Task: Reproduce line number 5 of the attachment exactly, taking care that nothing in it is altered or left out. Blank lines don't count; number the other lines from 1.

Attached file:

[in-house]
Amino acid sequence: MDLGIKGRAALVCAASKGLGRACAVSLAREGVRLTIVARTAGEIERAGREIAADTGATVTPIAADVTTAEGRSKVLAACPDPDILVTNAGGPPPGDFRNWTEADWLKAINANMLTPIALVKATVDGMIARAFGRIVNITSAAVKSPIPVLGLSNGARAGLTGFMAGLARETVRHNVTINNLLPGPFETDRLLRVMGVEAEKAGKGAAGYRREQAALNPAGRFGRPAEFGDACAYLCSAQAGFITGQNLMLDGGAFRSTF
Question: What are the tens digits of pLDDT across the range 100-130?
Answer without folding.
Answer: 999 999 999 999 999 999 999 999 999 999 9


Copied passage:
Answer: 999 999 999 999 999 999 999 999 999 999 9